While Irina's skill selection suggest dipping heavily in one of the latter two, I have used her with the first two and was satisfied with her perfomance. That may just be because of me being hesitant to rely on mechanics that promise to be quite gimmicky, but I think she can work as your 'field medic' type of character without much trouble; the only issue is the Topple ability coming rather late in rank progression.

    - Doug.

    Doug loves himself some beam weaponry. He has a Topple ability and some finer things available late in his Art list, but, for the most part, Doug is here to shoot things with giant screw-off beam cannons and chop things into smoking mess with beam sabers.

    About the only trouble with him I've had so far is that some of his ranged attack Arts can hit (and thus accidentaly aggro) quite far away. And, since Doug can't change classes, the only damage type increase skill he'll get is for the Beam damage type, so all those Thermal cannons and whatnot will probably less effective for him than for the player character.

    - H.B. was the one I unlocked next.

    He comes in a quest that's avialable after finishing chapter 3, if I'm not mistaken, and is equipped with an assault rifle + shield.

    I have not found him to be particularly tricky to use, but I also didn't really notice anything special about him besides his shield attack that deals more damage to limbs/subsystems than normal.

    He left me with a solid impression overall, my complaints about AI tanking notwithstanding.

    - Yelv arrives in another quest that is unlocked at about the same time as H.B.'s

    He is a second Doug. Well, I may be mistaken, but I didn't notice much difference to him. The Art, Skill and Soul Voice lineups differ, but I have yet to discern if I should use these two in different ways or not.

    So I guess my recommendation would be to set him loose when you feel you don't have enough beams in your party. Very Happy

    - Lao.

    Lao is a sniper rifle + spear kind of guy that gets unlocked during the chapter 4 story quest.

    Some electric damage abilities, an all-party ranged accuracy buff and quite a bit of damage, more happy to call for ranged attacks than most. Perhaps the one party member I've had to pay the least attention to so far.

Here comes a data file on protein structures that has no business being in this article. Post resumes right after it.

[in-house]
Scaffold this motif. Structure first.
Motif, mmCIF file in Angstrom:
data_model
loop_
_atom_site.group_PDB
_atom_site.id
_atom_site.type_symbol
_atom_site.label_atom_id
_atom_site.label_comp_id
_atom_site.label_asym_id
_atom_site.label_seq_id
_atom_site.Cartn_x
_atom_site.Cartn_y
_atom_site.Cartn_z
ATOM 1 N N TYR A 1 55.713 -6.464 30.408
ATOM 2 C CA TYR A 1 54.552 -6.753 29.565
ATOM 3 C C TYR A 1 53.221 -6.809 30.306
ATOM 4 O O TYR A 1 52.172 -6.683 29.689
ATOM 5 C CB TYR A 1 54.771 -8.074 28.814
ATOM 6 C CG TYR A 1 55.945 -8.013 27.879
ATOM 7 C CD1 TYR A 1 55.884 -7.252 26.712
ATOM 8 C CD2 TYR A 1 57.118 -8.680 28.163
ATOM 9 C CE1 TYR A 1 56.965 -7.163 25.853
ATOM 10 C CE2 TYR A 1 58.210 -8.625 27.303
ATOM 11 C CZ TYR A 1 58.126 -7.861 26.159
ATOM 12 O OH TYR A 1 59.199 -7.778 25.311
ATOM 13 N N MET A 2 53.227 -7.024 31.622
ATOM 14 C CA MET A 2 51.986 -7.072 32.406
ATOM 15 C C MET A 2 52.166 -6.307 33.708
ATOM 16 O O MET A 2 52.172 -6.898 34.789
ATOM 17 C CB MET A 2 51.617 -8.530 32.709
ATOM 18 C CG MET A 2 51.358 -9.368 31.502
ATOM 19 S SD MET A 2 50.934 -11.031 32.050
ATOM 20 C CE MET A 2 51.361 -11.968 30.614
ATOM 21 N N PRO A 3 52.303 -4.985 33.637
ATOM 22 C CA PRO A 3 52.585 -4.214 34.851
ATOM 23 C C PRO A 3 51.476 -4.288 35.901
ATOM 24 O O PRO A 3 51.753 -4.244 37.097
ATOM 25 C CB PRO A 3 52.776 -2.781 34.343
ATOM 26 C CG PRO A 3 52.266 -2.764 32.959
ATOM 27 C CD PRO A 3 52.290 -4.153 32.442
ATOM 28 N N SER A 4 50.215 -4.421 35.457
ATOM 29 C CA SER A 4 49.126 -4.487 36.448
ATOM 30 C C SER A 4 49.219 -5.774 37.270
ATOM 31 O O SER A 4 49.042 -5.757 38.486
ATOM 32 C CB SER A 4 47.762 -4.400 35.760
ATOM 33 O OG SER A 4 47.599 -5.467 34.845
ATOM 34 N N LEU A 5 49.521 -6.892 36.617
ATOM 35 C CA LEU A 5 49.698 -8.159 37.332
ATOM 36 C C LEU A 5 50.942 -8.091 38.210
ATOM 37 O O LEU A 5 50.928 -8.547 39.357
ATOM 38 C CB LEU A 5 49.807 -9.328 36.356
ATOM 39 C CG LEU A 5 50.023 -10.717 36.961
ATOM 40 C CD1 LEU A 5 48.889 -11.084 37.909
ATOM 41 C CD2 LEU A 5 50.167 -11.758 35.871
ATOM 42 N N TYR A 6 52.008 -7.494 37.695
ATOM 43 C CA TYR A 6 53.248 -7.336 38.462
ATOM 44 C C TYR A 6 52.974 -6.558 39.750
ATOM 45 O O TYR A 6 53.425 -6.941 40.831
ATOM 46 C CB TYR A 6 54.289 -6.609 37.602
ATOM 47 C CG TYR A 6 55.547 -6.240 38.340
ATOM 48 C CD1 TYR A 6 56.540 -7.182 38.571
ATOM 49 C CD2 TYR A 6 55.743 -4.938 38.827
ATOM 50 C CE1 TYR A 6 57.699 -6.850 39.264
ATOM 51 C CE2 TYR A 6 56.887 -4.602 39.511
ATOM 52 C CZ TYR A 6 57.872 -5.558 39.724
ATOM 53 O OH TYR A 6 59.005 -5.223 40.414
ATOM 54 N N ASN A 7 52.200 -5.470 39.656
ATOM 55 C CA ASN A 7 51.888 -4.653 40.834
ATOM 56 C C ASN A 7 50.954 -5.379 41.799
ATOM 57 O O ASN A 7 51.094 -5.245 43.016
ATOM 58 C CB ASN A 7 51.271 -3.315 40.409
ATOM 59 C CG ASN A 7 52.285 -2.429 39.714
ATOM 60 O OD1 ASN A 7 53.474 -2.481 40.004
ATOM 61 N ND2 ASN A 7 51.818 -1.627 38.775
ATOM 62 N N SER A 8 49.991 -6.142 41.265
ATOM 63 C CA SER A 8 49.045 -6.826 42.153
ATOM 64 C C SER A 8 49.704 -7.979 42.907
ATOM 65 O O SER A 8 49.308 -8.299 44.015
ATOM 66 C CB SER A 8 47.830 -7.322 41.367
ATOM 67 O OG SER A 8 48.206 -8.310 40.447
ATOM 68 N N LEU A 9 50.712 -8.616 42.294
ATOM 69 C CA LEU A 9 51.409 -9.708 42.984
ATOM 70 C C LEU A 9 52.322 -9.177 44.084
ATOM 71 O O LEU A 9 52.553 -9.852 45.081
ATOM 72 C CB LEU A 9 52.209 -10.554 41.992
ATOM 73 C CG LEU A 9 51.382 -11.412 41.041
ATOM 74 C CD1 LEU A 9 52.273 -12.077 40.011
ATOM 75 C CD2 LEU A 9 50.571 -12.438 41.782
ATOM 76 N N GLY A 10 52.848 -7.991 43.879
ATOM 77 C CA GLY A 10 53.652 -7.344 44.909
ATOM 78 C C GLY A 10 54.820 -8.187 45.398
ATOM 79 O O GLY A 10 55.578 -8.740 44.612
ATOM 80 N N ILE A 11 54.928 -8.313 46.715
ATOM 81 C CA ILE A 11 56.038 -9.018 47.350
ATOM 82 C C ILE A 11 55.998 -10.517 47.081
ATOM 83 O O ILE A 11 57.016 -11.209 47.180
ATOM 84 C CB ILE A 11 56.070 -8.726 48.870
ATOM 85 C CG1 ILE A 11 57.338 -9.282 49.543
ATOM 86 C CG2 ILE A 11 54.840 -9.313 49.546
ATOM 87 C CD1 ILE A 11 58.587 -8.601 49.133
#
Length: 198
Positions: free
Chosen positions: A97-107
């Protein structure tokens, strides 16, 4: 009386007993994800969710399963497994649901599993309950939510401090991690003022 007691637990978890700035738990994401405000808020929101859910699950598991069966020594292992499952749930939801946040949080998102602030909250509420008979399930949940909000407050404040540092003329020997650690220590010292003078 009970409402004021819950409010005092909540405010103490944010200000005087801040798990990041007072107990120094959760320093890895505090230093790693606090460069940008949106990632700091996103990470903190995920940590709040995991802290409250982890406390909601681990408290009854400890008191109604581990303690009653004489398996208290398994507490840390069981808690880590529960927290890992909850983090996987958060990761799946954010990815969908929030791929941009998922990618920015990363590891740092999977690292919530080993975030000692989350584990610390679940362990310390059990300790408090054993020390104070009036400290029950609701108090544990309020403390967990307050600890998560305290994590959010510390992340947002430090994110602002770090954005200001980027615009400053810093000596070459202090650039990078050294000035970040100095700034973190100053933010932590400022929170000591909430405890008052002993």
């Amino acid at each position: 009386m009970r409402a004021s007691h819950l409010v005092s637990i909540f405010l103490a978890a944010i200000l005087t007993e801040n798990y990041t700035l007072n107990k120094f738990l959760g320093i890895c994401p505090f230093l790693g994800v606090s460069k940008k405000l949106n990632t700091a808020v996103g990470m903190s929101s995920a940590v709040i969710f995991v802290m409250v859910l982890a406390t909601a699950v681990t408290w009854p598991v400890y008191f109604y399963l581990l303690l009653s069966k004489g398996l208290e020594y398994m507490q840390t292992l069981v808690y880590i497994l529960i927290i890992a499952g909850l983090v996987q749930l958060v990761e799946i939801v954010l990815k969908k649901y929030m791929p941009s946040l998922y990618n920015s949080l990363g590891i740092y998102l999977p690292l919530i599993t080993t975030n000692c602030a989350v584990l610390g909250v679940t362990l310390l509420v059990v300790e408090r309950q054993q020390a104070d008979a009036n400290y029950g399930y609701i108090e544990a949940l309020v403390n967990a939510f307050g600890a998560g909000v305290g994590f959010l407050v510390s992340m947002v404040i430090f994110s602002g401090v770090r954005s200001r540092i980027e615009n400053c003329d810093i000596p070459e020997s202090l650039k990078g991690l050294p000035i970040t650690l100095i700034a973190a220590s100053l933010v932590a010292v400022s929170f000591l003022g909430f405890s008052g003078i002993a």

- L.

    L is added to the party roster after you finish chapter 4. Comes equipped with psy launchers and a shield, with some good aura effects in both his Arts and Soul Voice.

    L's first ranged attack is an AOE with Beam resistance reduction quality on it, so I guess L and Doug plus Yelv might like teaming up with each other (although I have yet to try leaning on a single damage type so much).

    - Phog.

    Becomes available in a quest after chapter 4 is complete. Plays like a slightly less suicidally inclined Elma (as in, more ranged, less melee), which is already a huge plus in my book. Smile

    Still has some trouble with having self-damaging Arts while already being on the fragile side and whatnot though.

    - Alexa.

    Available in a quest after chapter 4 is complete. Comes with assault rifle + spear and unique Arts and Skills aimed at Skell piloting.

    Has showed kind of lacklustre perfomance on foot so far, not sure what to say here.

    (I sure hope I didn't misspel any names here. Writing from memory when tired is not conducive to good post quality. Wink )

    But that's just first impressions. Probably could use some work, honestly.
    Yikari
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    Post by Yikari on Thu Dec 31, 2015 1:47 pm

    Update on party member impressions:

    minor spoilers inside:
    - I was unable to reproduce the issue with Elma not being available with my party at full. It seemed kind of similar to party members teleporting to their heart-to-heart scenes, but I didn't have a cat that was required at the time, so...

    - Yelv's main difference from Doug appears to be that he is specced on melee, in contrast to Doug's focus on ranged when it comes to Art and Skill selection. Maybe.